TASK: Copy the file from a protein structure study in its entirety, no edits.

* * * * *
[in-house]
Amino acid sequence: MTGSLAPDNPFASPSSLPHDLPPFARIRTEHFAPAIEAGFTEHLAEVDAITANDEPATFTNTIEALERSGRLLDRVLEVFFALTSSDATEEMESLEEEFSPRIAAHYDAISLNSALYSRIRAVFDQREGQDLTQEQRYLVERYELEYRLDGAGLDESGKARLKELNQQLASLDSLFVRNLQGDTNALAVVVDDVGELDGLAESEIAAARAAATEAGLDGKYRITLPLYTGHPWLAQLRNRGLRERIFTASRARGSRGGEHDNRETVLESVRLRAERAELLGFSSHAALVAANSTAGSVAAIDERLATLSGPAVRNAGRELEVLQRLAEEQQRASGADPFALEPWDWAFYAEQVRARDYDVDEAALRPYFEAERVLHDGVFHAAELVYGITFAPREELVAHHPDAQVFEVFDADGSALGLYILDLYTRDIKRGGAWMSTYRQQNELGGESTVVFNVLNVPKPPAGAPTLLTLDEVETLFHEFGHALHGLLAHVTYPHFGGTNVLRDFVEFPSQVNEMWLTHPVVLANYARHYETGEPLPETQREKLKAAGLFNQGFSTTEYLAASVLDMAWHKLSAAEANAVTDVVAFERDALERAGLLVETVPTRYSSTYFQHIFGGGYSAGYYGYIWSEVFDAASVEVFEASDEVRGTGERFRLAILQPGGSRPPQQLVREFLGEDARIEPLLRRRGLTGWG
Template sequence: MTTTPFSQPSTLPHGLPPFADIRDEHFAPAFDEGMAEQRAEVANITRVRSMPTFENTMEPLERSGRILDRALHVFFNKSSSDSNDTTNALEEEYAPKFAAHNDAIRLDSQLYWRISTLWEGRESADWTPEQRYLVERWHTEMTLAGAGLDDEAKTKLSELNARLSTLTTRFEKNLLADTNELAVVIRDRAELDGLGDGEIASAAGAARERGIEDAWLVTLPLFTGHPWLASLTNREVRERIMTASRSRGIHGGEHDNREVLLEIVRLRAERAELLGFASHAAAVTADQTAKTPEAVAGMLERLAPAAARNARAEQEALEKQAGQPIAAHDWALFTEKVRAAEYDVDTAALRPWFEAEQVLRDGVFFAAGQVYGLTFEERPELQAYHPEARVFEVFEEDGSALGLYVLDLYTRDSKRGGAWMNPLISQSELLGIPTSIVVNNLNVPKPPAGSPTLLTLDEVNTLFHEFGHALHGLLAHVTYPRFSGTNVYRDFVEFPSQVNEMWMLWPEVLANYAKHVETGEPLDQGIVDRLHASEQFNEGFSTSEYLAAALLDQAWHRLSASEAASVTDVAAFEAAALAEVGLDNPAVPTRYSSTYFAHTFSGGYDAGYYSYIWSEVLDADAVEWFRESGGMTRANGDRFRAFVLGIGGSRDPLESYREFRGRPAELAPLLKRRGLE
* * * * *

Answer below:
[in-house]
Amino acid sequence: MTGSLAPDNPFASPSSLPHDLPPFARIRTEHFAPAIEAGFTEHLAEVDAITANDEPATFTNTIEALERSGRLLDRVLEVFFALTSSDATEEMESLEEEFSPRIAAHYDAISLNSALYSRIRAVFDQREGQDLTQEQRYLVERYELEYRLDGAGLDESGKARLKELNQQLASLDSLFVRNLQGDTNALAVVVDDVGELDGLAESEIAAARAAATEAGLDGKYRITLPLYTGHPWLAQLRNRGLRERIFTASRARGSRGGEHDNRETVLESVRLRAERAELLGFSSHAALVAANSTAGSVAAIDERLATLSGPAVRNAGRELEVLQRLAEEQQRASGADPFALEPWDWAFYAEQVRARDYDVDEAALRPYFEAERVLHDGVFHAAELVYGITFAPREELVAHHPDAQVFEVFDADGSALGLYILDLYTRDIKRGGAWMSTYRQQNELGGESTVVFNVLNVPKPPAGAPTLLTLDEVETLFHEFGHALHGLLAHVTYPHFGGTNVLRDFVEFPSQVNEMWLTHPVVLANYARHYETGEPLPETQREKLKAAGLFNQGFSTTEYLAASVLDMAWHKLSAAEANAVTDVVAFERDALERAGLLVETVPTRYSSTYFQHIFGGGYSAGYYGYIWSEVFDAASVEVFEASDEVRGTGERFRLAILQPGGSRPPQQLVREFLGEDARIEPLLRRRGLTGWG
Template sequence: MTTTPFSQPSTLPHGLPPFADIRDEHFAPAFDEGMAEQRAEVANITRVRSMPTFENTMEPLERSGRILDRALHVFFNKSSSDSNDTTNALEEEYAPKFAAHNDAIRLDSQLYWRISTLWEGRESADWTPEQRYLVERWHTEMTLAGAGLDDEAKTKLSELNARLSTLTTRFEKNLLADTNELAVVIRDRAELDGLGDGEIASAAGAARERGIEDAWLVTLPLFTGHPWLASLTNREVRERIMTASRSRGIHGGEHDNREVLLEIVRLRAERAELLGFASHAAAVTADQTAKTPEAVAGMLERLAPAAARNARAEQEALEKQAGQPIAAHDWALFTEKVRAAEYDVDTAALRPWFEAEQVLRDGVFFAAGQVYGLTFEERPELQAYHPEARVFEVFEEDGSALGLYVLDLYTRDSKRGGAWMNPLISQSELLGIPTSIVVNNLNVPKPPAGSPTLLTLDEVNTLFHEFGHALHGLLAHVTYPRFSGTNVYRDFVEFPSQVNEMWMLWPEVLANYAKHVETGEPLDQGIVDRLHASEQFNEGFSTSEYLAAALLDQAWHRLSASEAASVTDVAAFEAAALAEVGLDNPAVPTRYSSTYFAHTFSGGYDAGYYSYIWSEVLDADAVEWFRESGGMTRANGDRFRAFVLGIGGSRDPLESYREFRGRPAELAPLLKRRGLE